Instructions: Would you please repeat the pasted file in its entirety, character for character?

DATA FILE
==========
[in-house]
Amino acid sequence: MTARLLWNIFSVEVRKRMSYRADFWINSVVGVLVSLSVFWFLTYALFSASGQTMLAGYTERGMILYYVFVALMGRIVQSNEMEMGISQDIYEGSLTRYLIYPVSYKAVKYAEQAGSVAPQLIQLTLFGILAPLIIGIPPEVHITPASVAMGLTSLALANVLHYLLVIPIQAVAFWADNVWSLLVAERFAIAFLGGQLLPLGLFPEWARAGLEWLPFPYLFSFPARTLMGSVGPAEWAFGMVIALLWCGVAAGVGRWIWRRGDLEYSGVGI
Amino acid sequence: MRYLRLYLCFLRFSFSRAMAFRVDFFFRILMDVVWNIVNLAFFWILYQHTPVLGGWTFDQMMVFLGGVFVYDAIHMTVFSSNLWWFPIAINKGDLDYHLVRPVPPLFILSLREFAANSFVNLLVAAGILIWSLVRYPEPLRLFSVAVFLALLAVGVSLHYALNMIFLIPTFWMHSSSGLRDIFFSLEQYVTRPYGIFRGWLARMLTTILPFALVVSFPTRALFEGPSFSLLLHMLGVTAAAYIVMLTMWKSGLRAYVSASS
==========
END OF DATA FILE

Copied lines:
[in-house]
Amino acid sequence: MTARLLWNIFSVEVRKRMSYRADFWINSVVGVLVSLSVFWFLTYALFSASGQTMLAGYTERGMILYYVFVALMGRIVQSNEMEMGISQDIYEGSLTRYLIYPVSYKAVKYAEQAGSVAPQLIQLTLFGILAPLIIGIPPEVHITPASVAMGLTSLALANVLHYLLVIPIQAVAFWADNVWSLLVAERFAIAFLGGQLLPLGLFPEWARAGLEWLPFPYLFSFPARTLMGSVGPAEWAFGMVIALLWCGVAAGVGRWIWRRGDLEYSGVGI
Amino acid sequence: MRYLRLYLCFLRFSFSRAMAFRVDFFFRILMDVVWNIVNLAFFWILYQHTPVLGGWTFDQMMVFLGGVFVYDAIHMTVFSSNLWWFPIAINKGDLDYHLVRPVPPLFILSLREFAANSFVNLLVAAGILIWSLVRYPEPLRLFSVAVFLALLAVGVSLHYALNMIFLIPTFWMHSSSGLRDIFFSLEQYVTRPYGIFRGWLARMLTTILPFALVVSFPTRALFEGPSFSLLLHMLGVTAAAYIVMLTMWKSGLRAYVSASS